Student compost confusion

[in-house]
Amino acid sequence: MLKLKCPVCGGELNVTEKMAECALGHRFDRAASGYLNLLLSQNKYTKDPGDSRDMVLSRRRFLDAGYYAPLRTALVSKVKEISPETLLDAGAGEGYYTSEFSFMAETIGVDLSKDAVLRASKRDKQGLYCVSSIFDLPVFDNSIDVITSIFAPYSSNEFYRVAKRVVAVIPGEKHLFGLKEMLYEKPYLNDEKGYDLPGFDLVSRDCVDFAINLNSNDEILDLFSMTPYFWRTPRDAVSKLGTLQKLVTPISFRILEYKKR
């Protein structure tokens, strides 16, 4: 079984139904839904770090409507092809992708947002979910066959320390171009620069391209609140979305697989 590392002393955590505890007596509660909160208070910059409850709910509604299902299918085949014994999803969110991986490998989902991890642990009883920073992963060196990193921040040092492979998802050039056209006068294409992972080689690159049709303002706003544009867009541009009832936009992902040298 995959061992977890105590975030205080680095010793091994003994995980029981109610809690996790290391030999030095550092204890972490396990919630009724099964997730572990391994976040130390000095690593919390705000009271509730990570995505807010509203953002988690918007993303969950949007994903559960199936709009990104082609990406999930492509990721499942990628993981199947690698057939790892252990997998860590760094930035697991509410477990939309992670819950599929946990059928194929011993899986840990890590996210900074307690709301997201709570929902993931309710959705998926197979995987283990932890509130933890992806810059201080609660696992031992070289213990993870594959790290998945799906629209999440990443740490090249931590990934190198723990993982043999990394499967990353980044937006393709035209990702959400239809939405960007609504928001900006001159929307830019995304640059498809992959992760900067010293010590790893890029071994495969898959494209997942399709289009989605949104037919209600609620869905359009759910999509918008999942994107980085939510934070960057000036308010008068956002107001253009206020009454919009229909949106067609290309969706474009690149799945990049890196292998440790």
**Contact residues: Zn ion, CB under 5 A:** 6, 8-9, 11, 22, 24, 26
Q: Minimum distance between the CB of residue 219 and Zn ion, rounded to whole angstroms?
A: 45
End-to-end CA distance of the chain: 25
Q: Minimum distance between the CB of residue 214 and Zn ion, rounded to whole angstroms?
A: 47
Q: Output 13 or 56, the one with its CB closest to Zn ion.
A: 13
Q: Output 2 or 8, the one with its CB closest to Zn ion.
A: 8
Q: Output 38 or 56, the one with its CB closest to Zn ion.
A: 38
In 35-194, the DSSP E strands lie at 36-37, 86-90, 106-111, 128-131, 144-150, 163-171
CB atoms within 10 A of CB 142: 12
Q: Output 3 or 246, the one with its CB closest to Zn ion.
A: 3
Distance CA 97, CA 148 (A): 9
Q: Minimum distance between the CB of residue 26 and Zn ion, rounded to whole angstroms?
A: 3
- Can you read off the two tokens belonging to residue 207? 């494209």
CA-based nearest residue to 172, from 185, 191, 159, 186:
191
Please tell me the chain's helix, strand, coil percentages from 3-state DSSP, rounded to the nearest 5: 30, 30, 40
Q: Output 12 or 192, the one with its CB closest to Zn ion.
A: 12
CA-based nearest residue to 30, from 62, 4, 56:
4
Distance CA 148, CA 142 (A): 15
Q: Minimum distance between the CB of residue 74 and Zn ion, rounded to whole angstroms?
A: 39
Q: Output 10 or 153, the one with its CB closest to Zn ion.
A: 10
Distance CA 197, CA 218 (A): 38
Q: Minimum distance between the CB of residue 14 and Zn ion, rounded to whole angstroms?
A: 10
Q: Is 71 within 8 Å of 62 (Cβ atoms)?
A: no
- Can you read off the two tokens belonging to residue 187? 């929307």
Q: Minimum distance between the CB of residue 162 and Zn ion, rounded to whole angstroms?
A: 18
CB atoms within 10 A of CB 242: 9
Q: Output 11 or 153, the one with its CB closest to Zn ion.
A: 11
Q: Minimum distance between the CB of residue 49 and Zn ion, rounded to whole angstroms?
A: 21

You’re in the Davis Center Marketplace, about to scrape the food scraps off your plate into the bin labeled “compost,” when a fellow student turns to you and says, “Do you know UVM doesn’t actually compost that?” It may come as a surprise to some, but UVM does, in fact, compost — 4.6 tons each week from campus eating locations, according to the UVM website. “Students tend to spread ‘rumors without first learning the facts,” Recycling & Waste Manager of the Physical Plant Department Erica Spiegel said. “The fact is a truck operated by Casella Waste Systems comes to campus 5 days per week to haul food waste. It is picked up from 6 dining locations on campus, and delivered directly to Intervale Compost Products.” UVM pays for the large amount of composting it does. For composting food waste, UVM pays a monthly collection fee to a hauler of $2,800 per month for 10 months of the year or about $28,000 per year, Speigel said. Students admit to overhearing the misconception. “There was a rumor last year that captured my attention. I was under the impression for a period of time that UVM didn’t compost,” junior Zach Hirsch said. “It wasn’t until I did an investigative project for an honors college class that I realized the rumors weren’t true.” Both staff and students are involved in the composting process at particular eating locations. “The vast majority by weight — roughly 70 percent — of food waste is coming from the resident dining halls including Harris Millis and Cook Commons,” Spiegel said. That said, students sometimes lack diligence when separating scraps, and the system has to make do with the slip-ups. “In order to get food waste from students in the retail areas, we also take in some of the packaging waste — paper napkins, paper plates, cups, paper clamshells — because it is virtually impossible to separate out food waste only from retail locations,” Spiegel said. “Thus, the packaging is simply coming along for the ride along with the food waste, as the packaging adds no nutrient value to the compost process itself.” Results of the 2010 Davis Center Waste Sort confirm that many students have trouble distinguishing between trash and compostable materials. According to the results, 214 pounds of trash — half of the total trash, sampled from 70 trash bags — was found to be compostable. Persistence in composting is important, but the goal is not necessarily to collect large quantities of food waste. “Keep in mind, more is not always better. Our first order of business should be to reduce the amount of food waste generated in the first place. Food is costly to grow, produce, transport and prepare, therefore it is truly a shame that any food go to waste,” Spiegel said. Initiatives have been taken on campus to combat the production of excess food waste. Trayfree dining, “a ‘green’ initiative and a recent college dining trend,” aims to reduce the amount of food waste and reduce the amount of water and electricity used for washing trays, according to the UVM website. “March 24-28, 2008, the dining trays at Cook Commons were removed. The EcoReps and NFS 250 class conducted an audit of food waste during the event and compared it with the amount of food leftovers when trays were in use. The results indicated a 42 percent reduction of food waste during the trayless days,” according to the website. Since a large amount of students who live on campus eat in the dining halls, only a small portion of the total UVM compost comes from residential buildings. “The UHeights North building is mostly freshmen and sophomores who either don’t know about composting or eat primarily in the dining halls and less frequently cook their own meals,” junior Dylan White said. Other students attribute the lack of composting in residence halls to not having compost bins on each floor. “If there isn’t a compost bin located directly on my floor, I am much less motivated to actually compost,” junior Miriam Rosen said. The 2010 UVM Residence Hall Food Scrap Collection Survey completed by the EcoReps substantiates this sentiment. According to the survey, 33 percent out of 415 students said they didn’t know where the compost bins were located in their resident halls, and nearly 50 percent of the students said they never compost. The survey showed that the largest issues which kept students from composting was the distance of compost bin from their room, uncertainty about bin location, the bad smell of compost and indecision about which items are compostable, respectively. Although composting is both new and a hassle to some students, specialized housing, like the Greenhouse in University Heights South (UHS), specialize in the improvement of systems such as composting. “[The Greenhouse] has had a composting system in place since the inception of the [residential learning] program in 2006. It was conceived of and implemented by students,” faculty director of the Greenhouse Walt Poleman said. “This summer the compost system got another big boost when a newer set of wooden compost containers was built out of local lumber and placed within the UHS courtyard. Now villages can empty their buckets directly there, and use the handy hose to clean up the buckets,” he said. Even more of a challenge than dumping your compost in a bin on the first floor of your residential building, living off campus can require a longer walk. “It’s harder to compost off campus,” Hirch said. “The compost option is less available because it’s not directly in your hall or building, but Intervale Compost is within walking distance of UVM campus.” Despite some of the obstacles to the composting system, the issue UVM has made significant improvements over past few the years. “The real success story at UVM is that our ‘pounds per capita’ of waste has been on the decline for five years. Meaning, as our campus population increased, the amount of trash sent to the landfill decreased,” Spiegel said.